Quiz 14: What is your diagnosis?

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Diagnosis: Quiz 14

Quiz 14

Answer: Acanthosis nigricans

Criteria for diagnosis histopathologically: Laminate and basket-woven orthokeratosis and papillomatosis of the epidermis that has a normal granular zone and that is slightly hyperpigmented in combination with an increased number of fibrocytes in a broadened papillary dermis are findings of acanthosis nigricans.

Differential diagnosis histopathologically: Confluent and reticulated papillomatosis of Gougerot and Carteaud, reticulate seborrheic keratosis, and verrucous epidermal nevus closely resemble acanthosis nigricans histopathologically.

Criteria for diagnosis clinicall: Smooth, brown to skin-colored papillated plaques that are typically located in the axillae and inguinal folds in a fashion symmetrical.

Differential diagnosis clinically: There is none.

Clinicopathologic correlatio: The smooth papillated plaques are reflected histopathologically by orthokeratosis and papillomatosis of the epidermis and by a broadened papillary dermis.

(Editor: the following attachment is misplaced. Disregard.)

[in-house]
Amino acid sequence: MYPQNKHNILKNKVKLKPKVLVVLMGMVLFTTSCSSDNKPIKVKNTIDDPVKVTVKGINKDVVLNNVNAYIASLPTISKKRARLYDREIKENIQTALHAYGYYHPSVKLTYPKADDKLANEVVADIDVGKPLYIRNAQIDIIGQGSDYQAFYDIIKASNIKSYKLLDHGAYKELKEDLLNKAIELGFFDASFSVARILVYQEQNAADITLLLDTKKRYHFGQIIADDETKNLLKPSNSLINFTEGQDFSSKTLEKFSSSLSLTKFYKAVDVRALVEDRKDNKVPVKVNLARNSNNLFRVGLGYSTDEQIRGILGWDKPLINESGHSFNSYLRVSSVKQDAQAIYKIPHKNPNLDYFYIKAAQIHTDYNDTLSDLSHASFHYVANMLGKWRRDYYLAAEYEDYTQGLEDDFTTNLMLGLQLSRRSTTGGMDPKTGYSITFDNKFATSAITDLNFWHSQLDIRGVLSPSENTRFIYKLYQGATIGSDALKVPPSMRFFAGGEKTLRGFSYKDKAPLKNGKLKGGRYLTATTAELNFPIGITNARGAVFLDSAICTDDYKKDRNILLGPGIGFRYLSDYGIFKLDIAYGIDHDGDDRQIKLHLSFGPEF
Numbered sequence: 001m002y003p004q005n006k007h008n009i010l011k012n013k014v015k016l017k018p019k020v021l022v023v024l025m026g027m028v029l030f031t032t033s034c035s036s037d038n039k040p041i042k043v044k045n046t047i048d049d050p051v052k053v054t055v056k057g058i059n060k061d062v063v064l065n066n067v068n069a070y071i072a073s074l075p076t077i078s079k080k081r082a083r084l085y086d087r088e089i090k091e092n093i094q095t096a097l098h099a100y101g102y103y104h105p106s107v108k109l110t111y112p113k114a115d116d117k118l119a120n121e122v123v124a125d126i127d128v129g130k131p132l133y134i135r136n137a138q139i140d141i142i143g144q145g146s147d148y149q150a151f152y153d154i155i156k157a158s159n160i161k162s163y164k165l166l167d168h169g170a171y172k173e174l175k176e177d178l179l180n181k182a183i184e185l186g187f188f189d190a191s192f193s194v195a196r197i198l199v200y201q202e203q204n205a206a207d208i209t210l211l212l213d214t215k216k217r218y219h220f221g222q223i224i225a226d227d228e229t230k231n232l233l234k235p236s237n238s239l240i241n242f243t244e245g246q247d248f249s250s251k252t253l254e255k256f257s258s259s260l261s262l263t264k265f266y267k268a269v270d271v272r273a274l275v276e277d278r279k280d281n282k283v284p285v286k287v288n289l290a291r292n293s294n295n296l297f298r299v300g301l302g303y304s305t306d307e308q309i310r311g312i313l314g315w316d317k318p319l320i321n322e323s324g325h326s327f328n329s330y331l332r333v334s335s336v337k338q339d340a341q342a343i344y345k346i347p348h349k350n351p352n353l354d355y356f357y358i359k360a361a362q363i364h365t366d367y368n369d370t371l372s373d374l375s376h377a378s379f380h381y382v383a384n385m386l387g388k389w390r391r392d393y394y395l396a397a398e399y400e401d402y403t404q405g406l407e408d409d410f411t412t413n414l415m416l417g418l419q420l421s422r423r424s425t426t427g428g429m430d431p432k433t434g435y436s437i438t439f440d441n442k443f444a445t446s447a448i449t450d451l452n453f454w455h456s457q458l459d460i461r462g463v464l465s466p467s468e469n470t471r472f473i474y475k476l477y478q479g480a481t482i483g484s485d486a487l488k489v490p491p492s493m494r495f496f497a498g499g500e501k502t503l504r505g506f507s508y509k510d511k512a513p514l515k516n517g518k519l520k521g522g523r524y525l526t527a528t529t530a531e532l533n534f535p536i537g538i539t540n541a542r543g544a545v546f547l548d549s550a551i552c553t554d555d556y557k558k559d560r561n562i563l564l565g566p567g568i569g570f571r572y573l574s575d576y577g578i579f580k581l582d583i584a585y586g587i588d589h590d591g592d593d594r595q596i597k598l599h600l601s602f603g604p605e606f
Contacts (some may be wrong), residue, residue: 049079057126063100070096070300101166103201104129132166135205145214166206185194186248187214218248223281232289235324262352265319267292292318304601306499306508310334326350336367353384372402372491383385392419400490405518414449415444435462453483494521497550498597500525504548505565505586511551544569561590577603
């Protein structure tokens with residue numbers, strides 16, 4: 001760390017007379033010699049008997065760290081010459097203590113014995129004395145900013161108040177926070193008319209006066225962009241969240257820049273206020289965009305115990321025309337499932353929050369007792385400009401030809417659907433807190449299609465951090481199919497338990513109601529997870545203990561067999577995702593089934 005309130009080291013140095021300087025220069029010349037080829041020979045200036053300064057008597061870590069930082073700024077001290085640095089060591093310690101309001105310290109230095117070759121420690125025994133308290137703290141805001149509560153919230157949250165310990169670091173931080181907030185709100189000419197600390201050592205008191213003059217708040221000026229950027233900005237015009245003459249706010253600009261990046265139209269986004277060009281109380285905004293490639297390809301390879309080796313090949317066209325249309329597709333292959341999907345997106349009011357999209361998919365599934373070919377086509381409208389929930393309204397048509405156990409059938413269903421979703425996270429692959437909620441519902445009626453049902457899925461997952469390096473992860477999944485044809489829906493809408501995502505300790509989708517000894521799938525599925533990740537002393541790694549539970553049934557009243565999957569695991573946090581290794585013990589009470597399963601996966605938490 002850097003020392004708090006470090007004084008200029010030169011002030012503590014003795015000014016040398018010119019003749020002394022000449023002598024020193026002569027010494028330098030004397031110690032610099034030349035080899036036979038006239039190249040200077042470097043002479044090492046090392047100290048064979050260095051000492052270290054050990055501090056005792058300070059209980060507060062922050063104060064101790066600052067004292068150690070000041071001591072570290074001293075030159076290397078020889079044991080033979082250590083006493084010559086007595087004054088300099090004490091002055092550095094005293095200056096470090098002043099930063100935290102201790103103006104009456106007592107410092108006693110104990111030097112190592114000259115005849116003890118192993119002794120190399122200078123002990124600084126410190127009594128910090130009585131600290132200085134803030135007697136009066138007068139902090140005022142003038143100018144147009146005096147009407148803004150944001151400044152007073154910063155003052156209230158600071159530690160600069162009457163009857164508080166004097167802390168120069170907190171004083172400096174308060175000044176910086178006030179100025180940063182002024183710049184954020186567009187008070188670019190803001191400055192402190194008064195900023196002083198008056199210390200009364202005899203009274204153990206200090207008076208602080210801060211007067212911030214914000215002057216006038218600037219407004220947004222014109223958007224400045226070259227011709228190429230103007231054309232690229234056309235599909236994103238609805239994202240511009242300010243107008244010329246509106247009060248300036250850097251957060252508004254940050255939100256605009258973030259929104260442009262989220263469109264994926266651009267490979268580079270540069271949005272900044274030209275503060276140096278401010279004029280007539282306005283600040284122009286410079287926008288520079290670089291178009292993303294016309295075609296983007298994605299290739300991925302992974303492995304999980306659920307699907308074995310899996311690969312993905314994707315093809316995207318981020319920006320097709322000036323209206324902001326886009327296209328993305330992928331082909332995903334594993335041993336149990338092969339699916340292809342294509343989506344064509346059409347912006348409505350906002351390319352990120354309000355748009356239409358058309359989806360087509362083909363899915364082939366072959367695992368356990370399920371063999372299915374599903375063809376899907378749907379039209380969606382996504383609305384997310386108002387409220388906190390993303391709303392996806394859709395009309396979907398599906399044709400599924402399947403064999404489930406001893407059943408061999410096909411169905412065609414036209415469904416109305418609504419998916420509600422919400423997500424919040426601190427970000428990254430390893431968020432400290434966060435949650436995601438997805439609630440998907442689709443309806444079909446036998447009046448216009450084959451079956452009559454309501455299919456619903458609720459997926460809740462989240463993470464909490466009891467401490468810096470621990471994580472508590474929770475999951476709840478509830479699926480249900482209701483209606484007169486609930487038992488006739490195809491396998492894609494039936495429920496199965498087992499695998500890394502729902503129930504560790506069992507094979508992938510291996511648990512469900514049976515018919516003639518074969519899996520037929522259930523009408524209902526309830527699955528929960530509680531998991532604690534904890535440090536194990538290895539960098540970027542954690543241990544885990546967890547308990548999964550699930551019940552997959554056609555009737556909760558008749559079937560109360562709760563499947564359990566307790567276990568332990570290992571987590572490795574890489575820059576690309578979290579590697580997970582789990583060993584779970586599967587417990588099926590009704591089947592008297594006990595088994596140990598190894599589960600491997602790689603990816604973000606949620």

Options for therapy predicated on knowledge of histopathologic findings: Successful treatment of the underlying pathologic process (e.g., endocrine disease, obesity, or internal malignancies) usually leads to complete resolution of the lesions. 

1) Histopathologically, acanthosis nigricans affects both the papillary dermis and the epidermis and is characterized by epidermal hyperpigmentation, papillomatosis, melanophages, and thickening of the papillary dermis with an increased number of fibrocytes.

2) Clinically, the smooth, papillated tan-to-brown plaques of acanthosis nigricans develop in intertriginous regions. Additionally the neck, umbilicus, and mamillae can be affected.

3) Acanthosis nigricans may be congenital or acquired and has been classified into three types: "benign&" acanthosis nigricans, an autosomal dominant disorder that appears in childhood; "pseudo"-acanthosis nigricans as a result of an underlying endocrinologic abnormality, obesity or medications, such as corticosteroids and nicotinic acid; and "malignant" acanthosis nigricans, a paraneoplasia usually in connection with an adenocarcinoma of the gastrointestinal or genital tract, breast, or lung.

4) Confluent and reticulated papillomatosis, which was originally described by Gougerot and Carteaud in 1927, is a rare skin condition that has many features in common with acanthosis nigricans clinically and histopathologically. Some authors regard them as one pathologic process with the first being a variant of the second.

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